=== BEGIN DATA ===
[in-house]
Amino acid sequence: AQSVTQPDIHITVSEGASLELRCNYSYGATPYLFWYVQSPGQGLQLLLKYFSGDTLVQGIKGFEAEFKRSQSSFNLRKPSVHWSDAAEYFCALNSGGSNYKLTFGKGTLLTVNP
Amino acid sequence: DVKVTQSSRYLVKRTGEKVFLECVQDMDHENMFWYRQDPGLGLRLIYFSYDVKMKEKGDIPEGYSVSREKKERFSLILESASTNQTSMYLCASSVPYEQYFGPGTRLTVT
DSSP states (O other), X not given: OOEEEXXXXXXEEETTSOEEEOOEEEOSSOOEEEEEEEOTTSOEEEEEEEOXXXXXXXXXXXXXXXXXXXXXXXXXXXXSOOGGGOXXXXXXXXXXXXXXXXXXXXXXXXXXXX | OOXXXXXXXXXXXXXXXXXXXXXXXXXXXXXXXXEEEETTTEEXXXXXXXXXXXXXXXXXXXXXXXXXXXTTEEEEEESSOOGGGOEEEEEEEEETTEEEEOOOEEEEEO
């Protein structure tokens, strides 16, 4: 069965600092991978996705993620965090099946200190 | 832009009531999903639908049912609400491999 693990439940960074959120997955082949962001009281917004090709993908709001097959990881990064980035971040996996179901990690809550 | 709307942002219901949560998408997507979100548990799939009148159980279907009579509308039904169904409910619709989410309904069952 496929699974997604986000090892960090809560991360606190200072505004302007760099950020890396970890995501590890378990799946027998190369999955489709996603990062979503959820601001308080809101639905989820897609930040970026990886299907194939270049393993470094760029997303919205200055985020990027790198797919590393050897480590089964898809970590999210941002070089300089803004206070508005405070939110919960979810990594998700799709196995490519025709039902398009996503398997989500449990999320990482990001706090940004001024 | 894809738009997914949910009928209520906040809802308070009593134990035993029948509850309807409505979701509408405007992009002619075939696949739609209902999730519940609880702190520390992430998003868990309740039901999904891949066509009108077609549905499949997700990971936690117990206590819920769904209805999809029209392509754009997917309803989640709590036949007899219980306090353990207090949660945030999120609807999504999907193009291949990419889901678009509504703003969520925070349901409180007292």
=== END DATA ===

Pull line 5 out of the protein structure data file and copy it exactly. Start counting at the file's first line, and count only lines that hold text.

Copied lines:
């Protein structure tokens, strides 16, 4: 069965600092991978996705993620965090099946200190 | 832009009531999903639908049912609400491999 693990439940960074959120997955082949962001009281917004090709993908709001097959990881990064980035971040996996179901990690809550 | 709307942002219901949560998408997507979100548990799939009148159980279907009579509308039904169904409910619709989410309904069952 496929699974997604986000090892960090809560991360606190200072505004302007760099950020890396970890995501590890378990799946027998190369999955489709996603990062979503959820601001308080809101639905989820897609930040970026990886299907194939270049393993470094760029997303919205200055985020990027790198797919590393050897480590089964898809970590999210941002070089300089803004206070508005405070939110919960979810990594998700799709196995490519025709039902398009996503398997989500449990999320990482990001706090940004001024 | 894809738009997914949910009928209520906040809802308070009593134990035993029948509850309807409505979701509408405007992009002619075939696949739609209902999730519940609880702190520390992430998003868990309740039901999904891949066509009108077609549905499949997700990971936690117990206590819920769904209805999809029209392509754009997917309803989640709590036949007899219980306090353990207090949660945030999120609807999504999907193009291949990419889901678009509504703003969520925070349901409180007292």